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How Much Income do you Need to Retire Comfortably?

How Much Income do you Need to Retire Comfortably?

Many Australians seem to have a pretty good idea of the lifestyle they want to enjoy when they retire. For some it’s a brand-new caravan to set off around the country. For others, it’s having enough in the bank to add a workshop out the back and start making things. Maybe your vision for retirement is something totally different. But what about the income you’ll need to get there?

Funding your daily essentials, health & fitness needs, social engagements, hobbies and interests and connection with friends and family requires some dutiful consideration, and it is critical to know how much income you’re likely to need when it comes time to retire.

Comfortable vs Modest Lifestyle When You Retire

According to the latest quarterly retirement standard published by The Association of Superannuation Funds of Australia (ASFA), the minimum annual cost of a comfortable retirement is $45,239 for singles and $63,799 for couples aged around 67. Note this is assuming they own their own home and are in relatively good health. This is in stark contrast to what ASFA consider to be a “modest” retirement lifestyle at that same age, $28,775 for singles and $41,446 for couples. The primary difference being that retirees living a “modest” lifestyle pursue fewer leisure and social activities and exercise less frequently than those living “comfortably”, and would also hold basic health insurance as opposed to more comprehensive private insurance.  Let’s focus on what is “comfortable”.

What a “Comfortable” Retirement Lifestyle Entails

ASFA break down a comfortable lifestyle into four distinct categories:

  • Daily Essentials: Housing; Groceries; Transport; Clothing/Footwear
  • Staying Fit & Healthy: Private, comprehensive health insurance; medical appointments including doctor/specialist visits; exercise expenses (e.g. aquarobics, yoga, bowls, dance classes)
  • Staying Socially Engaged: Movies; streaming services (e.g. Netflix); club membership
  • Connecting with Family: Computer/laptop; internet; mobile phone plan; interstate flights once annually; international flights once every seven years

Obviously, different people will apportion their expenses within each category differently, and may have some additional expenditure outside of these. For instance, some retirees wish to put aside a certain amount of money for their family (perhaps their grandchildren) on a regular basis. For others, it may be more frequent travel or taking up a new hobby or interest. When you start your own retirement planning journey well before you actually retire, you’ll need to factor in the expenses you’re likely to incur in each of these categories and more, and the income you’ll need as a result.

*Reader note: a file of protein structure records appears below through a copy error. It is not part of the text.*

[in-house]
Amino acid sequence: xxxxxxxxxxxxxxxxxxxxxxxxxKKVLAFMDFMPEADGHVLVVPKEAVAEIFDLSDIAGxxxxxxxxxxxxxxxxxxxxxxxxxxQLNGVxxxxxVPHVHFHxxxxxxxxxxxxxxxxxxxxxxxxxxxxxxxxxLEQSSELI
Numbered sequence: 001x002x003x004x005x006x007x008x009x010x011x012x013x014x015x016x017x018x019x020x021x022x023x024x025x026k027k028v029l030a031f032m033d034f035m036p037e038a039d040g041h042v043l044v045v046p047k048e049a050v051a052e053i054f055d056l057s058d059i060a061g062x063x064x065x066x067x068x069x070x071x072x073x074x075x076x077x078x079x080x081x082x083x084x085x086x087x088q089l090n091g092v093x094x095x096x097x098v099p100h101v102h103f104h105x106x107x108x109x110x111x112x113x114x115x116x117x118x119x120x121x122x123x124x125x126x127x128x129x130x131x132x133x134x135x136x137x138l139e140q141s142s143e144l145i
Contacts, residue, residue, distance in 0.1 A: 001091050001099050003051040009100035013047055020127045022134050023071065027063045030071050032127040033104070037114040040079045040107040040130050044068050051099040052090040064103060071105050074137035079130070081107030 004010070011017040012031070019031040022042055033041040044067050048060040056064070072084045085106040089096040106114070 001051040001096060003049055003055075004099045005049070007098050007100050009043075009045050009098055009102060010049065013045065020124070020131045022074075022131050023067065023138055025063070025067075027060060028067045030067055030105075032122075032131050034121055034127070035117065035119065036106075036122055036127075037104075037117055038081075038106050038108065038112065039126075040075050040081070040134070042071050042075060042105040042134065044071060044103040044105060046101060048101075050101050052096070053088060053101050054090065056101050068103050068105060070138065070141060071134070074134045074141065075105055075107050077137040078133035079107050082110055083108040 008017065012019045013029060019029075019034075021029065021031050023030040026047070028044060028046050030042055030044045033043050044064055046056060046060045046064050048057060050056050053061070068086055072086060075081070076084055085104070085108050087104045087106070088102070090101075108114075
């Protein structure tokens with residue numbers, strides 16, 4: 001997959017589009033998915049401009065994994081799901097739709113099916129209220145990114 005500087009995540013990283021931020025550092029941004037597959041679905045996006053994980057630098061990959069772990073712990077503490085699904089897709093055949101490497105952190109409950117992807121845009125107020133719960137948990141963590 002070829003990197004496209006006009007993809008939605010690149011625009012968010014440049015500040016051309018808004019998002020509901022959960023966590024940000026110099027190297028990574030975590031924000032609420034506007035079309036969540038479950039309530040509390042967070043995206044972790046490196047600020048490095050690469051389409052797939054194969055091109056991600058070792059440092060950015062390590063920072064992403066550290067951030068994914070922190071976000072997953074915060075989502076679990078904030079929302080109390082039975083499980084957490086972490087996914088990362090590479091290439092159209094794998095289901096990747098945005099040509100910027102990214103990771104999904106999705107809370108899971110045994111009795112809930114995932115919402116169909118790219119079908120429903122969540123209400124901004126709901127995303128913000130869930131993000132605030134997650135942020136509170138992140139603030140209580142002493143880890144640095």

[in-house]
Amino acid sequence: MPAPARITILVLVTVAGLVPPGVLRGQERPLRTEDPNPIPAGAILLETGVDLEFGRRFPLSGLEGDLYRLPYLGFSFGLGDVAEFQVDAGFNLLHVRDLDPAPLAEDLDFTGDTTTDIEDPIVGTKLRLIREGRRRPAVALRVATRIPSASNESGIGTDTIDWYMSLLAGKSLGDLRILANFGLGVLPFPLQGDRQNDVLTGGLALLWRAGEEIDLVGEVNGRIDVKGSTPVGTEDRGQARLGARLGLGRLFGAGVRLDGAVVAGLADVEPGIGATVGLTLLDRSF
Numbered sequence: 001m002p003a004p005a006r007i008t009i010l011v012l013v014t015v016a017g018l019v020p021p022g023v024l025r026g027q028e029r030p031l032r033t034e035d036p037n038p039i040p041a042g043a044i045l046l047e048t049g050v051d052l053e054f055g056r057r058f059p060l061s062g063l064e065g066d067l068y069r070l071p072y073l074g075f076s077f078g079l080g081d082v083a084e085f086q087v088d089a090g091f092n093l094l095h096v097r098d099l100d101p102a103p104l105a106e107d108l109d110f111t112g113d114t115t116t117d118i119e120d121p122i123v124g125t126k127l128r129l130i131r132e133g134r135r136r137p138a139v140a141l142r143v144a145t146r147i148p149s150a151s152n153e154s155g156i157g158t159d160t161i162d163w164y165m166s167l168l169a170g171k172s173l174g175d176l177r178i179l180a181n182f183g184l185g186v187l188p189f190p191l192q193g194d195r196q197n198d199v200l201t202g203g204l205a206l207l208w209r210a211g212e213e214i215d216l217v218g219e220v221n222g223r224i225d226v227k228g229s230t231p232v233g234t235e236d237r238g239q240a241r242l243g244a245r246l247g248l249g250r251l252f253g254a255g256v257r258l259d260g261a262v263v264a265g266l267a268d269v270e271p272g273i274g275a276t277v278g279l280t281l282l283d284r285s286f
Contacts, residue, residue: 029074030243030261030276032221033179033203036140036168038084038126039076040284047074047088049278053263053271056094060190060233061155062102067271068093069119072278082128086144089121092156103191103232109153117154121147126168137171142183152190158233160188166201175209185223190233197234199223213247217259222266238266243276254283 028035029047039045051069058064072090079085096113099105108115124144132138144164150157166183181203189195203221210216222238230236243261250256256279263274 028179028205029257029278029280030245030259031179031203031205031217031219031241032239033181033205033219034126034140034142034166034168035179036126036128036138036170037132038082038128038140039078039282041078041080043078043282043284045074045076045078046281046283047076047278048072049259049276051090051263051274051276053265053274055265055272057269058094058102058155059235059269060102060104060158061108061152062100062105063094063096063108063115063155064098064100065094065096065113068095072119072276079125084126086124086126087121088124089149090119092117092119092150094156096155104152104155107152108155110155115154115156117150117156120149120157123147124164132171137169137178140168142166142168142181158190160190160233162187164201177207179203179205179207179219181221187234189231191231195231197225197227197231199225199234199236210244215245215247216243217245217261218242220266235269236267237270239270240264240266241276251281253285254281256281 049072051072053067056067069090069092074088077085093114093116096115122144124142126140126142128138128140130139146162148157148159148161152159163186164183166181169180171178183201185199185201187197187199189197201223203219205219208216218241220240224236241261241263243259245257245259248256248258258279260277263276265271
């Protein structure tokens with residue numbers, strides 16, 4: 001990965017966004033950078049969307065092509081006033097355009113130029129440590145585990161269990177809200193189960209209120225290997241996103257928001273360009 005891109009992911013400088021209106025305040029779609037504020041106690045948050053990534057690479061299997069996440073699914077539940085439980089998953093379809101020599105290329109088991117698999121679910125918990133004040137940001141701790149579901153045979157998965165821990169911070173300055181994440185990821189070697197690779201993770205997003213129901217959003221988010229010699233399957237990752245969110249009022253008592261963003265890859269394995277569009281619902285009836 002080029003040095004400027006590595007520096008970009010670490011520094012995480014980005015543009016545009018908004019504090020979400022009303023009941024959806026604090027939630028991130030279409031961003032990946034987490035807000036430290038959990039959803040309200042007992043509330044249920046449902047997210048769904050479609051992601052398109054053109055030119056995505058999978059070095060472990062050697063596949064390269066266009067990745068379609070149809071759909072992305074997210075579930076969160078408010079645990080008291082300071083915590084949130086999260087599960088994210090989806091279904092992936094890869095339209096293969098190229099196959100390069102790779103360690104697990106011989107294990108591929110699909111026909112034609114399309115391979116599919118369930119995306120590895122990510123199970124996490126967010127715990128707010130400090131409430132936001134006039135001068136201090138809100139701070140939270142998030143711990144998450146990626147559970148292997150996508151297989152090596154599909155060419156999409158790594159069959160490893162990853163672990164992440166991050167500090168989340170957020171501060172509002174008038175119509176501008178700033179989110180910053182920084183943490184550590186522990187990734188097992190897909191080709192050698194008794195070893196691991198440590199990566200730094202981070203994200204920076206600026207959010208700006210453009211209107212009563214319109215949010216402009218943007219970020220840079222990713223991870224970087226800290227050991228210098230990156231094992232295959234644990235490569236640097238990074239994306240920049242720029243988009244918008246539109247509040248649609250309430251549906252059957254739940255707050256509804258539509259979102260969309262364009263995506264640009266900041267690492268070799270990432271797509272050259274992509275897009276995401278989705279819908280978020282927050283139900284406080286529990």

Bridging the Income Gap Before its Time to Retire

Upon reading the figures raised in the standard, and considering your own situation, you might have concerns about whether you’ll have enough income when you retire to be able to adequately fund the retirement lifestyle you desire. No matter how far away you are from leaving the workforce behind, it’s never too early to start taking practical steps towards securing your financial future. McKinley Plowman’s Life Plan program features a section within its free initial report that shows you the likely age at which your assets will run out, giving you a clear indication of how important it is to get on top of your retirement funding early. Some people can commit more money to their superannuation fund, adjust their investments or alter their spending habits to “bridge the gap” well in advance of retirement age. At the end of the day, it’s important to seek professional financial advice before making any final decisions.

How MP+ Can Help

The Wealth team at McKinley Plowman have unparalleled experience in retirement planning and ensuring our clients not only meet their lifestyle expectations when they retire, but ideally exceed them. To see what we could do for you, don’t hesitate to get in touch with us on 08 9301 2200 (Joondalup), 08 9361 3300 (Victoria Park), or via our website.

 

Data from: ASFA Retirement Standard September Quarter 2021

written by:

Aaron has over twenty years of experience in the financial services industry working with large companies and small businesses across all aspects of financial planning. He has broad experience across superannuation (including self-managed superannuation), investments, estate planning and personal insurance, retirement planning and business succession planning.
Aaron is passionate about the value of professional, client-focused advice and enjoys working closely with clients to help them make smart decisions with their money, as well as aiding them to clarify and achieve their financial aspirations.

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